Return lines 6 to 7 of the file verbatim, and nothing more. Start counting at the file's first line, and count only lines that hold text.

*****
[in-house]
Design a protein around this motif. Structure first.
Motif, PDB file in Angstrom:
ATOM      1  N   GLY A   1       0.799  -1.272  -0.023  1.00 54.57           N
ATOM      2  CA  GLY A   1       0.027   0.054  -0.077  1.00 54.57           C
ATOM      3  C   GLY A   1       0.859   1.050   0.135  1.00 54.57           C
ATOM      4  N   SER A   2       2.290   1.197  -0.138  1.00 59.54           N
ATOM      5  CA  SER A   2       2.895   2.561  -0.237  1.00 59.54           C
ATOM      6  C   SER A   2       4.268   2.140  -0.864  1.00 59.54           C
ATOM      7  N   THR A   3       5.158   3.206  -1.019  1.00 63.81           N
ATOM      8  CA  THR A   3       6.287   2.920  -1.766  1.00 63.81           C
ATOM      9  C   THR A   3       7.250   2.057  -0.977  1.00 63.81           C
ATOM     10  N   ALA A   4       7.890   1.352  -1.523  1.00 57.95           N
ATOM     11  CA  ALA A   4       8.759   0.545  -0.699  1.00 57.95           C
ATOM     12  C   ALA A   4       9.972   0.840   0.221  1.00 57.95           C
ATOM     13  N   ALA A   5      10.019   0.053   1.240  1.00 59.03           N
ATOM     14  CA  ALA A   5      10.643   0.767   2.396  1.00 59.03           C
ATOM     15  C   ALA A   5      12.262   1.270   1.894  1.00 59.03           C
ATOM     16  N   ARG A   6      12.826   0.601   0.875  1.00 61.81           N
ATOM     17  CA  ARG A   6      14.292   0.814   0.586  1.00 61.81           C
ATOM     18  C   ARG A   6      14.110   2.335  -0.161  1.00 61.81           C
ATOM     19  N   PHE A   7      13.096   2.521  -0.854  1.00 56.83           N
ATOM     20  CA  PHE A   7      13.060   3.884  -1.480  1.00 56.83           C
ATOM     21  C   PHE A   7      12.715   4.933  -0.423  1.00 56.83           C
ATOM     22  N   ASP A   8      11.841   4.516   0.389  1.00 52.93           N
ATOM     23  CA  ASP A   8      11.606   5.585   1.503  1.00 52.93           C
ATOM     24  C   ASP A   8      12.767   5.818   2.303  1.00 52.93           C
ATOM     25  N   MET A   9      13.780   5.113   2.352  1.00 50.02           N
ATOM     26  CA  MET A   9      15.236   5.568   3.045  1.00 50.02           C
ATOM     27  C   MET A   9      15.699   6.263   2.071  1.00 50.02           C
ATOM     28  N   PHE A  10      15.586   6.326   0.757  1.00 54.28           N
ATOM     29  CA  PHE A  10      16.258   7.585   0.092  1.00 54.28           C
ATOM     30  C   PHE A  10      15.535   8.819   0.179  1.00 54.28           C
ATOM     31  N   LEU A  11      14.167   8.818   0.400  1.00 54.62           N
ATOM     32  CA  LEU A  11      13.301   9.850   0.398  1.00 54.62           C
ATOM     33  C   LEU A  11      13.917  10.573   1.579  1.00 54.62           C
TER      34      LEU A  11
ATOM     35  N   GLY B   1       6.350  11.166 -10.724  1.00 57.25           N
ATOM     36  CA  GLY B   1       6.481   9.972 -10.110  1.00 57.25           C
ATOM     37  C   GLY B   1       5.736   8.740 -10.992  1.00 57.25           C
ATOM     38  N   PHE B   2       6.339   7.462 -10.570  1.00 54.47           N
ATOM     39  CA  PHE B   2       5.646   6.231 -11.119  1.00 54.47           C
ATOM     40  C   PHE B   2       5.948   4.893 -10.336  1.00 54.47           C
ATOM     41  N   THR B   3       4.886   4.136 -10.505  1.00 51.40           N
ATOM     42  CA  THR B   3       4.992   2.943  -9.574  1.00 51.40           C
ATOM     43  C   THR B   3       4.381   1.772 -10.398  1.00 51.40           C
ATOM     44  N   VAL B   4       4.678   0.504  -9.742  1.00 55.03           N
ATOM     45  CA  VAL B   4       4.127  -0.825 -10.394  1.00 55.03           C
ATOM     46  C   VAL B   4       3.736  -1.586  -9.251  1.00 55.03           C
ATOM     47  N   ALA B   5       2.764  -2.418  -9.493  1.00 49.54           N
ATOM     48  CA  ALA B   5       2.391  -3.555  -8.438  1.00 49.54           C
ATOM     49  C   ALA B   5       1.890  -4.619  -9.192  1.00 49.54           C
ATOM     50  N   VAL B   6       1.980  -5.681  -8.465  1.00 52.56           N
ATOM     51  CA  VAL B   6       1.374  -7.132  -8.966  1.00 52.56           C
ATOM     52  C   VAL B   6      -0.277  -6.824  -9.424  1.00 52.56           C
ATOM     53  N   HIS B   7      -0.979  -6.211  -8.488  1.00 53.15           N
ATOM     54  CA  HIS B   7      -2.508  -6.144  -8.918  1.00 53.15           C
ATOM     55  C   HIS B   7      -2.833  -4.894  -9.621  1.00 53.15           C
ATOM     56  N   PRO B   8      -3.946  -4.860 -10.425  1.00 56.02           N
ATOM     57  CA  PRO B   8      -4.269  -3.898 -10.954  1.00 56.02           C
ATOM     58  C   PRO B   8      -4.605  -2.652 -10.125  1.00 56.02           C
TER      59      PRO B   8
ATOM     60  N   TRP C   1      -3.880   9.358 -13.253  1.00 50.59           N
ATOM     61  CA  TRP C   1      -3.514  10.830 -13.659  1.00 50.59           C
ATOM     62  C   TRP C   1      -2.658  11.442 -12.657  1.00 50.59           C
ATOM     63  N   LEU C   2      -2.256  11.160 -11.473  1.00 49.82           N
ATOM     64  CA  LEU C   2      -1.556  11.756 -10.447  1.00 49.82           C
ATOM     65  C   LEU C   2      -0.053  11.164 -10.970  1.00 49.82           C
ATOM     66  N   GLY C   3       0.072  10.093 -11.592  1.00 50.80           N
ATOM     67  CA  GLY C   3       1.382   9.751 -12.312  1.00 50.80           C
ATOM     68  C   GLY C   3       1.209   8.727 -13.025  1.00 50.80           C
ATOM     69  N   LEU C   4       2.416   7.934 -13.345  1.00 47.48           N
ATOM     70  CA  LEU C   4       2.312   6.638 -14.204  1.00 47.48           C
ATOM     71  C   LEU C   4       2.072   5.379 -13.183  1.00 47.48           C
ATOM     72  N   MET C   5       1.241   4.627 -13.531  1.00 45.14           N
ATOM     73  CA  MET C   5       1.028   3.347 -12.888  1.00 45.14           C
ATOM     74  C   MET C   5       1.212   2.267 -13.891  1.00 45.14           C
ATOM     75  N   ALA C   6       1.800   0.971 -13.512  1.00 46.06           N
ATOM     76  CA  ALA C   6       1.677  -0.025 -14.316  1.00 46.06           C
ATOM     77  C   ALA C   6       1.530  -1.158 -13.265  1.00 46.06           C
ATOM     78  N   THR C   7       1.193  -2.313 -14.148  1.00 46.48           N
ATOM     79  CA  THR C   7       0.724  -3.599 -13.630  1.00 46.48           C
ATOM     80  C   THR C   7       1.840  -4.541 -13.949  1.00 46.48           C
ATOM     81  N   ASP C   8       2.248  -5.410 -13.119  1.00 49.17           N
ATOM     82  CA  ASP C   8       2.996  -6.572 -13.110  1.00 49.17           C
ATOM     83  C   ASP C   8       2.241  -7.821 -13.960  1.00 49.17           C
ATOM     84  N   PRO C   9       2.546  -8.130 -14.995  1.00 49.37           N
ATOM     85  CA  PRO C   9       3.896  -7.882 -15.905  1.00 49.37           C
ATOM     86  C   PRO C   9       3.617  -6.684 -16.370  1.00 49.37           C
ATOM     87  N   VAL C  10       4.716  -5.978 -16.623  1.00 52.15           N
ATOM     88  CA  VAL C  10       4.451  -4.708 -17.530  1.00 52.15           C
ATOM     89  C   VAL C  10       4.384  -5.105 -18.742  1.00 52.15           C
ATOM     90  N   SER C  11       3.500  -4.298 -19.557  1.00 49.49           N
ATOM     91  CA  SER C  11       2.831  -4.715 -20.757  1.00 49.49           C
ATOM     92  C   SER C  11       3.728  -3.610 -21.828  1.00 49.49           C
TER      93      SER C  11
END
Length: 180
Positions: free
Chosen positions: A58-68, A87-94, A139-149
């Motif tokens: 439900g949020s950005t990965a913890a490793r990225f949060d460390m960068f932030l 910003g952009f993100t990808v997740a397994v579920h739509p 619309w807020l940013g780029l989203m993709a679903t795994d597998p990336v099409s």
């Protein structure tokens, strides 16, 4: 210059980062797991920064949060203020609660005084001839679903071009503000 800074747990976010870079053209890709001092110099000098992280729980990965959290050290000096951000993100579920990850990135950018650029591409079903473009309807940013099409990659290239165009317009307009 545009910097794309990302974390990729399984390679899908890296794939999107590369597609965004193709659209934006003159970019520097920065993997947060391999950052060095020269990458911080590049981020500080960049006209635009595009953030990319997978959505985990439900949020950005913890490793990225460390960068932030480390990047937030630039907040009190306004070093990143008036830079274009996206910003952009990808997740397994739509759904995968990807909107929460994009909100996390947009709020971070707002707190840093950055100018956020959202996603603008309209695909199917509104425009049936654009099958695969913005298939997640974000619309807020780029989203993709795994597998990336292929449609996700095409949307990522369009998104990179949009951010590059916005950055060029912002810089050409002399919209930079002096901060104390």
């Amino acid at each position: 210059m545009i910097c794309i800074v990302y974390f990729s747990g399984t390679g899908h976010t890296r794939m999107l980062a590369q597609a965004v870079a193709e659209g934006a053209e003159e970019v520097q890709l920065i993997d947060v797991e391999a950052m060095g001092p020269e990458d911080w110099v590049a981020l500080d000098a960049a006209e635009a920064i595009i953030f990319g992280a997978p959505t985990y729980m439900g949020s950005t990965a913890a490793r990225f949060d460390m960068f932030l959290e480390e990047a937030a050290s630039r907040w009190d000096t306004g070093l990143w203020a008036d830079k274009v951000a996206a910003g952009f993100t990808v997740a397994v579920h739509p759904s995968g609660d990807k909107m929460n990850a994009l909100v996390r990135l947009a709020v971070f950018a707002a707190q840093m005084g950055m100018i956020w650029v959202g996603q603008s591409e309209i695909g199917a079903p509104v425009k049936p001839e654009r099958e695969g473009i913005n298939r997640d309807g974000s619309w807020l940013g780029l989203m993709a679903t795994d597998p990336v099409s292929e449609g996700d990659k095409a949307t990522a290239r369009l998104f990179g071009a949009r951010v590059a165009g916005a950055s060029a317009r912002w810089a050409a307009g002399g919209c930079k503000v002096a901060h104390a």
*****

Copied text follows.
ATOM      3  C   GLY A   1       0.859   1.050   0.135  1.00 54.57           C
ATOM      4  N   SER A   2       2.290   1.197  -0.138  1.00 59.54           N